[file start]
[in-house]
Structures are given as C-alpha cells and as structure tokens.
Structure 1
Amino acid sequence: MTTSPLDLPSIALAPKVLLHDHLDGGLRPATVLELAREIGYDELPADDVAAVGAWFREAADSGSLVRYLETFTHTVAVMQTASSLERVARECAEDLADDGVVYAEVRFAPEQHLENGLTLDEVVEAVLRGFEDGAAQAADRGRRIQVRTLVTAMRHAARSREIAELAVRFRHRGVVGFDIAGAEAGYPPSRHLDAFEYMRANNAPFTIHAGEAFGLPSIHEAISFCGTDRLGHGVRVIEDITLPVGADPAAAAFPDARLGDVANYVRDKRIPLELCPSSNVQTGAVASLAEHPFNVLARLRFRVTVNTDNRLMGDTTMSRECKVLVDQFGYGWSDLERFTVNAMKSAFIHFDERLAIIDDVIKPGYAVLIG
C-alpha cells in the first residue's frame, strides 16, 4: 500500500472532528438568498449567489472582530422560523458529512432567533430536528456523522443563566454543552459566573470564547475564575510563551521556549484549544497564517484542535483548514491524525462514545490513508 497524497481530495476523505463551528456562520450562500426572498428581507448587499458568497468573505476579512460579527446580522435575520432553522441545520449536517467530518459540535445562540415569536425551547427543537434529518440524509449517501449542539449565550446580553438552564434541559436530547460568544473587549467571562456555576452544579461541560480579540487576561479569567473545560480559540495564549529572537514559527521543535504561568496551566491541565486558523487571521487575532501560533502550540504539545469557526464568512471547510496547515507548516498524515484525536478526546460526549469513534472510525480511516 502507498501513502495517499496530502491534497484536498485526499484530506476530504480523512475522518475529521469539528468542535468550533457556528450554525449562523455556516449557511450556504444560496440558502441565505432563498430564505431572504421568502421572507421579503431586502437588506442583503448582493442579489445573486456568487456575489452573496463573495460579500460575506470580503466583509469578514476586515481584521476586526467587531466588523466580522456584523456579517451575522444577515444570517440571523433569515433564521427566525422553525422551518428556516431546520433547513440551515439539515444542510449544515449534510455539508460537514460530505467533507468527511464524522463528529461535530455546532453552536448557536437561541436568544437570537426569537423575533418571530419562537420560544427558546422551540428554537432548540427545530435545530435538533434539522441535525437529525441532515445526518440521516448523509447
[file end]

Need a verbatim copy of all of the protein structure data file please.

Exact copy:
[in-house]
Structures are given as C-alpha cells and as structure tokens.
Structure 1
Amino acid sequence: MTTSPLDLPSIALAPKVLLHDHLDGGLRPATVLELAREIGYDELPADDVAAVGAWFREAADSGSLVRYLETFTHTVAVMQTASSLERVARECAEDLADDGVVYAEVRFAPEQHLENGLTLDEVVEAVLRGFEDGAAQAADRGRRIQVRTLVTAMRHAARSREIAELAVRFRHRGVVGFDIAGAEAGYPPSRHLDAFEYMRANNAPFTIHAGEAFGLPSIHEAISFCGTDRLGHGVRVIEDITLPVGADPAAAAFPDARLGDVANYVRDKRIPLELCPSSNVQTGAVASLAEHPFNVLARLRFRVTVNTDNRLMGDTTMSRECKVLVDQFGYGWSDLERFTVNAMKSAFIHFDERLAIIDDVIKPGYAVLIG
C-alpha cells in the first residue's frame, strides 16, 4: 500500500472532528438568498449567489472582530422560523458529512432567533430536528456523522443563566454543552459566573470564547475564575510563551521556549484549544497564517484542535483548514491524525462514545490513508 497524497481530495476523505463551528456562520450562500426572498428581507448587499458568497468573505476579512460579527446580522435575520432553522441545520449536517467530518459540535445562540415569536425551547427543537434529518440524509449517501449542539449565550446580553438552564434541559436530547460568544473587549467571562456555576452544579461541560480579540487576561479569567473545560480559540495564549529572537514559527521543535504561568496551566491541565486558523487571521487575532501560533502550540504539545469557526464568512471547510496547515507548516498524515484525536478526546460526549469513534472510525480511516 502507498501513502495517499496530502491534497484536498485526499484530506476530504480523512475522518475529521469539528468542535468550533457556528450554525449562523455556516449557511450556504444560496440558502441565505432563498430564505431572504421568502421572507421579503431586502437588506442583503448582493442579489445573486456568487456575489452573496463573495460579500460575506470580503466583509469578514476586515481584521476586526467587531466588523466580522456584523456579517451575522444577515444570517440571523433569515433564521427566525422553525422551518428556516431546520433547513440551515439539515444542510449544515449534510455539508460537514460530505467533507468527511464524522463528529461535530455546532453552536448557536437561541436568544437570537426569537423575533418571530419562537420560544427558546422551540428554537432548540427545530435545530435538533434539522441535525437529525441532515445526518440521516448523509447